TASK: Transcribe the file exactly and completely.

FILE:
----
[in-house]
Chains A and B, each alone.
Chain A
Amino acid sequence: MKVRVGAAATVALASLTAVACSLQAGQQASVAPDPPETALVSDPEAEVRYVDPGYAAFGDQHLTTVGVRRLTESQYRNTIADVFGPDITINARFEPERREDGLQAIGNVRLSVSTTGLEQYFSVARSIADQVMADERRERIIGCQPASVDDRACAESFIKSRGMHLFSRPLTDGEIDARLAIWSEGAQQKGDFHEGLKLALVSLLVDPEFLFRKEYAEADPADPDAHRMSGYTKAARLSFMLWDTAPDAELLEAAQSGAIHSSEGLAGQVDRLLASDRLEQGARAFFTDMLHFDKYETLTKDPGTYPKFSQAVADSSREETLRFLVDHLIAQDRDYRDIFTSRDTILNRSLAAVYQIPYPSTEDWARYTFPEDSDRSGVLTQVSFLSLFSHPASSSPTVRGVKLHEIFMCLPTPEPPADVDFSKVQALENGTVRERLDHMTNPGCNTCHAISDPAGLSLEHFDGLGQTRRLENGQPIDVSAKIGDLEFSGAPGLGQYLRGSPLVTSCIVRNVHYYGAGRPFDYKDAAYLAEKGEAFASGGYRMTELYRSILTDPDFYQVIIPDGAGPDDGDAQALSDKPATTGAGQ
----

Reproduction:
[in-house]
Chains A and B, each alone.
Chain A
Amino acid sequence: MKVRVGAAATVALASLTAVACSLQAGQQASVAPDPPETALVSDPEAEVRYVDPGYAAFGDQHLTTVGVRRLTESQYRNTIADVFGPDITINARFEPERREDGLQAIGNVRLSVSTTGLEQYFSVARSIADQVMADERRERIIGCQPASVDDRACAESFIKSRGMHLFSRPLTDGEIDARLAIWSEGAQQKGDFHEGLKLALVSLLVDPEFLFRKEYAEADPADPDAHRMSGYTKAARLSFMLWDTAPDAELLEAAQSGAIHSSEGLAGQVDRLLASDRLEQGARAFFTDMLHFDKYETLTKDPGTYPKFSQAVADSSREETLRFLVDHLIAQDRDYRDIFTSRDTILNRSLAAVYQIPYPSTEDWARYTFPEDSDRSGVLTQVSFLSLFSHPASSSPTVRGVKLHEIFMCLPTPEPPADVDFSKVQALENGTVRERLDHMTNPGCNTCHAISDPAGLSLEHFDGLGQTRRLENGQPIDVSAKIGDLEFSGAPGLGQYLRGSPLVTSCIVRNVHYYGAGRPFDYKDAAYLAEKGEAFASGGYRMTELYRSILTDPDFYQVIIPDGAGPDDGDAQALSDKPATTGAGQ